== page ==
A study set to begin later this year could help to tease apart the relative influence of genes and hormones on infection. Altfeld and his colleagues will look at 40 adults going through sex-change operations. If female hormones are responsible, the transgender women in the study should begin mounting stronger immune reactions to infections and develop more autoimmune problems than the transgender men.
These kinds of results, when combined with advances in regenerative medicine, are among the reasons why we can expect to see continued increases in life expectancy among humans. 

Monday, June 20, 2016

World Refugee Day Witnesses a Record Number of Refugees

Today is World Refugee Day, as declared by the UN, but this is sadly not a day for celebration. The UNHCR brought us the news that a record number of people in the world are refugees. The BBC noted that:
The number of people displaced by conflict is at the highest level ever recorded, the UN refugee agency says. It estimates that 65.3m people were either refugees, asylum seekers or internally displaced at the end of 2015, an increase of 5m in a year. This represents one in every 113 people on the planet, the UN agency says. Meanwhile, the UN refugee chief says a worrying "climate of xenophobia" has taken hold in Europe as it struggles to cope with the migrant crisis.
The never-ending war in Syria, along with the European deal with Turkey to keep refugees there until processed for migration to Europe, has put Turkey in the position of being the country with the largest number of refugees in the world. The US State Department's Humanitarian Information Unit has put together a global map of the situation of stateless people in the world as of the end of 2015, and I have copied it below.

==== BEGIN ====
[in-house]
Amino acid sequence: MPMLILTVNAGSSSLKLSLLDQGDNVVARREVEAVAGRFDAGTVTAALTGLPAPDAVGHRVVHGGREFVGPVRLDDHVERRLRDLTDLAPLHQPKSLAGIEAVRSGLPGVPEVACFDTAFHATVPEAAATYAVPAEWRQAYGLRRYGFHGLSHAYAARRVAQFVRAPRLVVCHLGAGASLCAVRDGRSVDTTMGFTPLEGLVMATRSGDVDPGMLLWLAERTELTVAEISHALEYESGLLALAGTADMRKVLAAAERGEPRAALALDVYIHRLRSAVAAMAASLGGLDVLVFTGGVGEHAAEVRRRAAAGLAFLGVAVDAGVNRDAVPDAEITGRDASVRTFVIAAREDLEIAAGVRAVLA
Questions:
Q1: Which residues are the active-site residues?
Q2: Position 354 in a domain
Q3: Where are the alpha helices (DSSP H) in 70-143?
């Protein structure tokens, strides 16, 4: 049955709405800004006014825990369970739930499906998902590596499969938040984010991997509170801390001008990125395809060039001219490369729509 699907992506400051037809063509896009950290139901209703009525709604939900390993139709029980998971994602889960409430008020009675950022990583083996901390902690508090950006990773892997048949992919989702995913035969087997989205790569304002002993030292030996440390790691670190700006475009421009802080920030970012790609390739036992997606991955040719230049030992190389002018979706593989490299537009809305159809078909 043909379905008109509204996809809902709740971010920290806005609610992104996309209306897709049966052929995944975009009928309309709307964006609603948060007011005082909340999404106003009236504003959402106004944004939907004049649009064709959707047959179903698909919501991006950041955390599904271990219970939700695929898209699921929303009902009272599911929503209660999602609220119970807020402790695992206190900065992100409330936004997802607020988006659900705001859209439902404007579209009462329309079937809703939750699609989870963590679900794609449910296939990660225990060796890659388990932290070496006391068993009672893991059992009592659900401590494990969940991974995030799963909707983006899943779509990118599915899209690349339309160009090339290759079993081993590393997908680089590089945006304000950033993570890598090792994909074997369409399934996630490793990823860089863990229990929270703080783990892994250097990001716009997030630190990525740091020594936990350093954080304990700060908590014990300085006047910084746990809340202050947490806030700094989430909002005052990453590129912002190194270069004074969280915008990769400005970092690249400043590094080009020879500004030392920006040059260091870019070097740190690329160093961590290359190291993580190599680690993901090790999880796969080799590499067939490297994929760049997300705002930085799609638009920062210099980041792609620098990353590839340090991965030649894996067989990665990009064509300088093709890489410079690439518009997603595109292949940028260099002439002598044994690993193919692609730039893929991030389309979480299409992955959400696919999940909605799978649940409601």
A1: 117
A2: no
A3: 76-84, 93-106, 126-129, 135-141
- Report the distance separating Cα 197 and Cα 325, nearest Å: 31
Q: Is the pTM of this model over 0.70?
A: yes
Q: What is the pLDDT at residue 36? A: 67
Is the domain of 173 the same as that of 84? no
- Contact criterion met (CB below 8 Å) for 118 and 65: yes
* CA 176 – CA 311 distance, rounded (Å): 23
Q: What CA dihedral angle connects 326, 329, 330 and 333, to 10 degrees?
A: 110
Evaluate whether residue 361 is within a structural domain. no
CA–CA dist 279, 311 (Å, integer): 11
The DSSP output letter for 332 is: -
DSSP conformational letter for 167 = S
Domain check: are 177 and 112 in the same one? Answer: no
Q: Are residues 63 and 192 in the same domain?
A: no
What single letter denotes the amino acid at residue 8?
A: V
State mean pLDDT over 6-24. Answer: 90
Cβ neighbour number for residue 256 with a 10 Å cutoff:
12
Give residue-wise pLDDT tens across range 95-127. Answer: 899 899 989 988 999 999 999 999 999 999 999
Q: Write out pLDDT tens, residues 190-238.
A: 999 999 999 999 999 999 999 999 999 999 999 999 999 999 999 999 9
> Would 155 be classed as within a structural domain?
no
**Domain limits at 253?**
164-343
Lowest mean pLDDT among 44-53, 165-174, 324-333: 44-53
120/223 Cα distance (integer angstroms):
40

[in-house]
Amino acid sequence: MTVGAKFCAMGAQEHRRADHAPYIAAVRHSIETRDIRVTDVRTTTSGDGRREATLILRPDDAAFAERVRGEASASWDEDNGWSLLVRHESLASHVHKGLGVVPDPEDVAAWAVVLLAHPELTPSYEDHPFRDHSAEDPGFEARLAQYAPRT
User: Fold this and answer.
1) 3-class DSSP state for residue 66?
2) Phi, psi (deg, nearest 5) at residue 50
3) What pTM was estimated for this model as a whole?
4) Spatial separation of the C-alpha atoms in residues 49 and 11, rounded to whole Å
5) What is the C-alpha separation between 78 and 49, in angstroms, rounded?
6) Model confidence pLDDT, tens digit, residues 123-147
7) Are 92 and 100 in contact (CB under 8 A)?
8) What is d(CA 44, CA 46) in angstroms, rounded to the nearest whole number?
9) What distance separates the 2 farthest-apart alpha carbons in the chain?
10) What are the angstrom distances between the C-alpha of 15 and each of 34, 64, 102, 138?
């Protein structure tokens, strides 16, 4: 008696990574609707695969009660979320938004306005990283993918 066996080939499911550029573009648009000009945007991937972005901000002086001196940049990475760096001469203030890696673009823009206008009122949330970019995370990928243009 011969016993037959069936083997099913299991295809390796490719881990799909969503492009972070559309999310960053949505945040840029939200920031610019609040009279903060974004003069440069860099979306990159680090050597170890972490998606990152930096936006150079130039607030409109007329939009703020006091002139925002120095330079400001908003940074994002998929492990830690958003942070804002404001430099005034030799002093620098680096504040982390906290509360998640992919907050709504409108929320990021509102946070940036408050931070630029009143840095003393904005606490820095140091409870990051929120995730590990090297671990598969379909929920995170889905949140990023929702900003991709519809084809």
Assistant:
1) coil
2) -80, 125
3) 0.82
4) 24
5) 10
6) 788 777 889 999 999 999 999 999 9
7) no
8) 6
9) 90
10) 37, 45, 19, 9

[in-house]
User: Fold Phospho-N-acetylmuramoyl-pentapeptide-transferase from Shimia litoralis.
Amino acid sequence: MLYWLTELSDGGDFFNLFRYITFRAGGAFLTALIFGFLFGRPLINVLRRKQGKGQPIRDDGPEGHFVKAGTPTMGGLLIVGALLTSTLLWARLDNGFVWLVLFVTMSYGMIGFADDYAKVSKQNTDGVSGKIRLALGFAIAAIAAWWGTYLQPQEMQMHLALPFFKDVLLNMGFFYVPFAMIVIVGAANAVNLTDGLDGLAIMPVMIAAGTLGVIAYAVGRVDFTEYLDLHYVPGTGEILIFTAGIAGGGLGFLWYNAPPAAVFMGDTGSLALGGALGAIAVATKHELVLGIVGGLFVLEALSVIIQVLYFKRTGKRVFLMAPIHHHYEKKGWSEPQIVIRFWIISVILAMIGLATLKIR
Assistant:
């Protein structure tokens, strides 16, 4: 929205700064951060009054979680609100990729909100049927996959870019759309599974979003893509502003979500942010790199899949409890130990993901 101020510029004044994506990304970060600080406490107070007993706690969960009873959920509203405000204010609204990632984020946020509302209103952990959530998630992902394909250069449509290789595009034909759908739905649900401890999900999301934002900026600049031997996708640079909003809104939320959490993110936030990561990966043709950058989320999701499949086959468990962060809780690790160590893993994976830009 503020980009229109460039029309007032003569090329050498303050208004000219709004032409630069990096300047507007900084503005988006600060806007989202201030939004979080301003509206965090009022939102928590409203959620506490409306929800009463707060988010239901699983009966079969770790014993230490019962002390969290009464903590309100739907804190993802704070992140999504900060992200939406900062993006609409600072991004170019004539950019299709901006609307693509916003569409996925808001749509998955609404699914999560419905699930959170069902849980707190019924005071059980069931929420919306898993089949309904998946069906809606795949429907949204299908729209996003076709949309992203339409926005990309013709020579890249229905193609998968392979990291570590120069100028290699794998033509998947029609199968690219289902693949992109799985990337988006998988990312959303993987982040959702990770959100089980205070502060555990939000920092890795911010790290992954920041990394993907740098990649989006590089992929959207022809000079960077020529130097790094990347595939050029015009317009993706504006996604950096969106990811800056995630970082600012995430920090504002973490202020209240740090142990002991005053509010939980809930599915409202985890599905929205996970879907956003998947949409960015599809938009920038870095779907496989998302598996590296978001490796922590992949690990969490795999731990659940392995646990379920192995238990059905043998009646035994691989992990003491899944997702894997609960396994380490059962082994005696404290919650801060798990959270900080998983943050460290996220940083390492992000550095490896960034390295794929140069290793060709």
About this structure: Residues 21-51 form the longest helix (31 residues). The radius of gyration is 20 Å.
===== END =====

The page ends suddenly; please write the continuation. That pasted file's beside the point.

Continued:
Sunday, June 19, 2016

Is Israel Becoming Overpopulated?

Population Matters in the UK recently posted a link to a very interesting story out of Israel discussing the idea that overpopulation is a huge problem in that country.
In a society that encourages its denizens to heed the biblical call to “be fruitful and multiply,” one American-Israeli expert is saying that its time for a new approach. Dr. Alon Tal, founder of Adam Teva V’Din – Israel Union for Environmental Defense, said that the most pressing issue facing Israel today is overpopulation. “It’s pushing us over the edge,” said Tal, a North Carolina native who is a lecturer at Ben-Gurion University.